Differential Scanning Calorimeter (DSC) is used to determine the temperature and heat flow associated with material transitions as a function of time and temperature. The instrument can also be used to obtain quantitative and qualitative data on endothermic and exothermic processes of materials during physical transitions that are caused by phase changes, melting, oxidation and other heat related changes. The sample is encapsulated in a pan along with an empty reference pan which are rested upon a thermoelectric disk surrounded by a furnace. As the temperature of the furnace is changed by supplying heat (typically in a linear rate), the heat is transferred to the sample and the reference pan through the thermoelectric disk. The differential heat flow to the sample and reference is measured by using the thermal equivalent of Ohm’s law.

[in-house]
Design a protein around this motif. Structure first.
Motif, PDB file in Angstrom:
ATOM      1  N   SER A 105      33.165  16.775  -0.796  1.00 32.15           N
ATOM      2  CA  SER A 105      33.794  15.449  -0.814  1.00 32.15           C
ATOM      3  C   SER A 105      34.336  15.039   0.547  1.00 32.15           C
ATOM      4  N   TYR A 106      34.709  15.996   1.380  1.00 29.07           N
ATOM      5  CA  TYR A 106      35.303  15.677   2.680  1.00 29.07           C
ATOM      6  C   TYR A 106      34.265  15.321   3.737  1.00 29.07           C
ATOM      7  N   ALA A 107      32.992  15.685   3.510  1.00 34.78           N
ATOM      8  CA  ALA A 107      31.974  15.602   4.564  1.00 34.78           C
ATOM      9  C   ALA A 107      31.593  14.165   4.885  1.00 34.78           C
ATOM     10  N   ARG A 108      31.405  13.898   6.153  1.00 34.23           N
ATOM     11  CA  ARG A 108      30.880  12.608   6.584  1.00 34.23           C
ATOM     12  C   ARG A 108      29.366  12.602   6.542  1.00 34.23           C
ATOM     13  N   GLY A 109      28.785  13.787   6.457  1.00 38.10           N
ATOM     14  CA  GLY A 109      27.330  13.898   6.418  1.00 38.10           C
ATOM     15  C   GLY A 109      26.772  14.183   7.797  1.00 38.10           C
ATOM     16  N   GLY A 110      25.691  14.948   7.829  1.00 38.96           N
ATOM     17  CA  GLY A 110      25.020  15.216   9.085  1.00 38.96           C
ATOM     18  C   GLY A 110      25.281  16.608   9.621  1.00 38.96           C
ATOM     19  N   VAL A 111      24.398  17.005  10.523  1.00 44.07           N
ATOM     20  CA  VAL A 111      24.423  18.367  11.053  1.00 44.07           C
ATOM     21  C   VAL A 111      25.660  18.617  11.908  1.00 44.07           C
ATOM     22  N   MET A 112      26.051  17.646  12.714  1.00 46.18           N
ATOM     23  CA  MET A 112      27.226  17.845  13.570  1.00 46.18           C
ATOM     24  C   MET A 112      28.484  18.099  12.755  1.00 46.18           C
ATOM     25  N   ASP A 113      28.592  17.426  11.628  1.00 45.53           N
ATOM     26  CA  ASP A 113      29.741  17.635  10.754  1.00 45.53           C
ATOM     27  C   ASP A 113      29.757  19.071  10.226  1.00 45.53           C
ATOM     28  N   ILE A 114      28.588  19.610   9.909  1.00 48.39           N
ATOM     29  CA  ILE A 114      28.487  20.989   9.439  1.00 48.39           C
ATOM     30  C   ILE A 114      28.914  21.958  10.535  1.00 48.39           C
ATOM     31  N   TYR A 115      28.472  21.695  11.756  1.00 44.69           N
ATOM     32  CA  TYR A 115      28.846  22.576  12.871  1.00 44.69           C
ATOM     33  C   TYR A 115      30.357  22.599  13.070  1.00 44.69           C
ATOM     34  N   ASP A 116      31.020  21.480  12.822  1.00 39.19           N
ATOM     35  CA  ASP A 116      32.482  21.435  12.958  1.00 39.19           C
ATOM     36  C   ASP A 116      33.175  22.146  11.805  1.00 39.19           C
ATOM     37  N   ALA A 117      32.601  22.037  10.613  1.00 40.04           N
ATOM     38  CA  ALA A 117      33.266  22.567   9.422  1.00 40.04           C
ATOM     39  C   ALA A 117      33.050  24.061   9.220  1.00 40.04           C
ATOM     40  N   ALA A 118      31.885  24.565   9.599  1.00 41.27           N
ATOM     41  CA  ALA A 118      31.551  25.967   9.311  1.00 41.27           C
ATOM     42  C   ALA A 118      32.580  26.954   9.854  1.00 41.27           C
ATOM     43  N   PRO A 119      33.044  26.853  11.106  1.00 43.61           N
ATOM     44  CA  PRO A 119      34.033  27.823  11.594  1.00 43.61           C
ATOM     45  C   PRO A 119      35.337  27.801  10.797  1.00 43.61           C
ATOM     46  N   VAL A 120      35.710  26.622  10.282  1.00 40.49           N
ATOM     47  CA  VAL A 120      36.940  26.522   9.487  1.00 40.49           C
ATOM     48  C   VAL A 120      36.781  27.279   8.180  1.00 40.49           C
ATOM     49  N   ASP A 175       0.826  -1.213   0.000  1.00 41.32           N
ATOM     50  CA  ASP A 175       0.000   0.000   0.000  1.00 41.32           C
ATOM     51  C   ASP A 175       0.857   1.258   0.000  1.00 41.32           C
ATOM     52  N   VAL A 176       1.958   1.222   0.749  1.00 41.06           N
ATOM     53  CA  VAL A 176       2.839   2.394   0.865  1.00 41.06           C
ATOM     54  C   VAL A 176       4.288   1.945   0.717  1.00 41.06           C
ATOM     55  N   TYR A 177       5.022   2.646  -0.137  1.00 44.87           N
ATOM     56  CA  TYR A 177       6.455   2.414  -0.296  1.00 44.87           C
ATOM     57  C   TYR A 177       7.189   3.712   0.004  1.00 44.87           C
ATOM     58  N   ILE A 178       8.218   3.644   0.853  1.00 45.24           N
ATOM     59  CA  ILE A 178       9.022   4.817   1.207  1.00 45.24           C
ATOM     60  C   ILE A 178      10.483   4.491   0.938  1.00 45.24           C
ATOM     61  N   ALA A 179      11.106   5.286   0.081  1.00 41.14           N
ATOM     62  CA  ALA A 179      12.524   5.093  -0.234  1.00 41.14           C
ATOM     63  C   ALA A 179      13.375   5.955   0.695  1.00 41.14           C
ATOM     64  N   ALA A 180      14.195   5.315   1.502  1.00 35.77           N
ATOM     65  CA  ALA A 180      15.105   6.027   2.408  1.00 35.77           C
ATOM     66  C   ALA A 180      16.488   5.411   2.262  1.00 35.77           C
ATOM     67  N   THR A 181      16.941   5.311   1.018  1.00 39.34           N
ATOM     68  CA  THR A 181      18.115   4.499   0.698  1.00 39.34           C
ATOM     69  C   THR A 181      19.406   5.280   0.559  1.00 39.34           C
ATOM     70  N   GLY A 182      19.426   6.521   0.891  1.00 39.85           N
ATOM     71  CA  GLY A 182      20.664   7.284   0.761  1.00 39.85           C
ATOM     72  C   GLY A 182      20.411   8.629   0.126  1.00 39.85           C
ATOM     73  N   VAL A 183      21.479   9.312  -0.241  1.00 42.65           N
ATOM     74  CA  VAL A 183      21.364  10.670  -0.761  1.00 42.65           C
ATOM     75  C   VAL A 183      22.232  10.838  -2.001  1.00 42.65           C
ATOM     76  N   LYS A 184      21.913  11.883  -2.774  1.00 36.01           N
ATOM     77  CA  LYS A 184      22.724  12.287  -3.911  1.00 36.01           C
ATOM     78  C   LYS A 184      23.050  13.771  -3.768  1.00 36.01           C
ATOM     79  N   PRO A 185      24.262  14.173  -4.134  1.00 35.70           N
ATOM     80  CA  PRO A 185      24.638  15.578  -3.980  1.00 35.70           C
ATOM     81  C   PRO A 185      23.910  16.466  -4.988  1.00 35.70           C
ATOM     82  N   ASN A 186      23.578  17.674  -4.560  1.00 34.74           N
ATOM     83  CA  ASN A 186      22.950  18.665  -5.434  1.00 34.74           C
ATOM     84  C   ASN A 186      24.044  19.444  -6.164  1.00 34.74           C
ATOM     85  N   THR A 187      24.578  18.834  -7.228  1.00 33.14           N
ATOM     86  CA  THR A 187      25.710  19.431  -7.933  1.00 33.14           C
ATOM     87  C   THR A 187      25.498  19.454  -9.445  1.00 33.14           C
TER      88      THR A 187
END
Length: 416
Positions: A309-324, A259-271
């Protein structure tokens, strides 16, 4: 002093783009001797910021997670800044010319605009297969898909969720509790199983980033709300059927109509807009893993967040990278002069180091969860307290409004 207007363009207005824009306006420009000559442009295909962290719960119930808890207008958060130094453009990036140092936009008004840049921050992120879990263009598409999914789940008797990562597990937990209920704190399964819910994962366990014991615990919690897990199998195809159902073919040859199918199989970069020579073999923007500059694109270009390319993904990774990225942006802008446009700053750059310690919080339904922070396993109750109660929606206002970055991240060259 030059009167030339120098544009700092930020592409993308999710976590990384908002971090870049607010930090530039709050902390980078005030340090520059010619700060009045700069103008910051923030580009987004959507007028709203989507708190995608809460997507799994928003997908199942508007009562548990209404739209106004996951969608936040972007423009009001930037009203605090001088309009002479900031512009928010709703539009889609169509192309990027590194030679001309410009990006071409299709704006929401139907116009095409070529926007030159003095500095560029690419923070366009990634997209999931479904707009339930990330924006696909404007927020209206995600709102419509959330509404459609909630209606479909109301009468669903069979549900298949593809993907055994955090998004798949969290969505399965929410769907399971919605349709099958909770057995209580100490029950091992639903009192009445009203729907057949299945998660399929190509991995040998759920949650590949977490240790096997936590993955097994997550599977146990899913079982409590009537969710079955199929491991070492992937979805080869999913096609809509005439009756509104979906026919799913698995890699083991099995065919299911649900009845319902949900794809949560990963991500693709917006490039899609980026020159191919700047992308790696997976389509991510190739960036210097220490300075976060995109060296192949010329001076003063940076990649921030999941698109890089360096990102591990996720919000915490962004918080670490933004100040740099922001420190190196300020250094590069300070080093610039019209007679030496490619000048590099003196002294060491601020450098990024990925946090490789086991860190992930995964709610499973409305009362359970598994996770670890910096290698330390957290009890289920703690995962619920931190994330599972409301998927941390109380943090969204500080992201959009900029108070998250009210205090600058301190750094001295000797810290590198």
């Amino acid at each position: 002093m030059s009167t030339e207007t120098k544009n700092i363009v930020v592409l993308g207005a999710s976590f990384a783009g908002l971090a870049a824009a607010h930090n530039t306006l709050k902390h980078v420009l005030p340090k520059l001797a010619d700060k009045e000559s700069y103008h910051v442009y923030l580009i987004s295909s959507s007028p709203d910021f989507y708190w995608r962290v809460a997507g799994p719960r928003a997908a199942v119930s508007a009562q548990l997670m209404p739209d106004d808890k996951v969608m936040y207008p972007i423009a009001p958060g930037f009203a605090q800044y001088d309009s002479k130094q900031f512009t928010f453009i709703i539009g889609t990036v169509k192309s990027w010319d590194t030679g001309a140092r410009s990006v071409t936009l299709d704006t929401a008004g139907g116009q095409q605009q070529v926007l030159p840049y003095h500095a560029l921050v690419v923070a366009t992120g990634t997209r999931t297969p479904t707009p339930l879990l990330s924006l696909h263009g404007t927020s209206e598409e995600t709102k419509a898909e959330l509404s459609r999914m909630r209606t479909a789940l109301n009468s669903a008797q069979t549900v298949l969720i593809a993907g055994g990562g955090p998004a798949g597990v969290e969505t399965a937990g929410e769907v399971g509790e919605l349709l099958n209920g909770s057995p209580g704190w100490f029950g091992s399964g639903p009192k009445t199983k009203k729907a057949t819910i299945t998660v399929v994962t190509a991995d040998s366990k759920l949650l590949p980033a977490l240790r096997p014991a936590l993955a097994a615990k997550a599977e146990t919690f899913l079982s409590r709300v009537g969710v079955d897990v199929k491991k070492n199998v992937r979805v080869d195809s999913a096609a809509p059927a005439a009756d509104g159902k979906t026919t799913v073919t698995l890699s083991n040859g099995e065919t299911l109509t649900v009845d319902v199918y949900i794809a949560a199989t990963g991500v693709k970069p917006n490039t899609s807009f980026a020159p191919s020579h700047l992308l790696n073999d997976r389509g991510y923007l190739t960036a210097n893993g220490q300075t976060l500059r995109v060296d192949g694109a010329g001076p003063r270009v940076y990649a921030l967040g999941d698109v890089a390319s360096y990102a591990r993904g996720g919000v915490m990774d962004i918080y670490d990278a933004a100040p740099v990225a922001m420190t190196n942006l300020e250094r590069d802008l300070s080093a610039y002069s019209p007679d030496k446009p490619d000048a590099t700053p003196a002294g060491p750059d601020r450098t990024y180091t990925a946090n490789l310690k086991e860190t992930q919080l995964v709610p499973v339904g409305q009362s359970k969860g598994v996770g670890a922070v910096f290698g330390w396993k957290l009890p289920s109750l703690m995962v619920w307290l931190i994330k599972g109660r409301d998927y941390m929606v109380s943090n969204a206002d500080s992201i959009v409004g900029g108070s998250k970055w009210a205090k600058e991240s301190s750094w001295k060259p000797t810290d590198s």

The principle of thermogravimetric analysis is the relationship between the amount and rate of change in the weight of a material as a function of temperature or time in a controlled atmosphere. By using this principle, materials that show weight loss/gain due to decomposition, oxidation or dehydration could be characterized.
Dynamic Mechanical Analysis (DMA) is a technique used to study and characterize materials by applying a small deformation to the sample in a cycle manner and measuring the mechanical response of the bulk material as a function of time, temperature, and frequency. DMA test conditions can be designed to study bulk mechanical properties such as elasticity, viscous response, modulus and damping.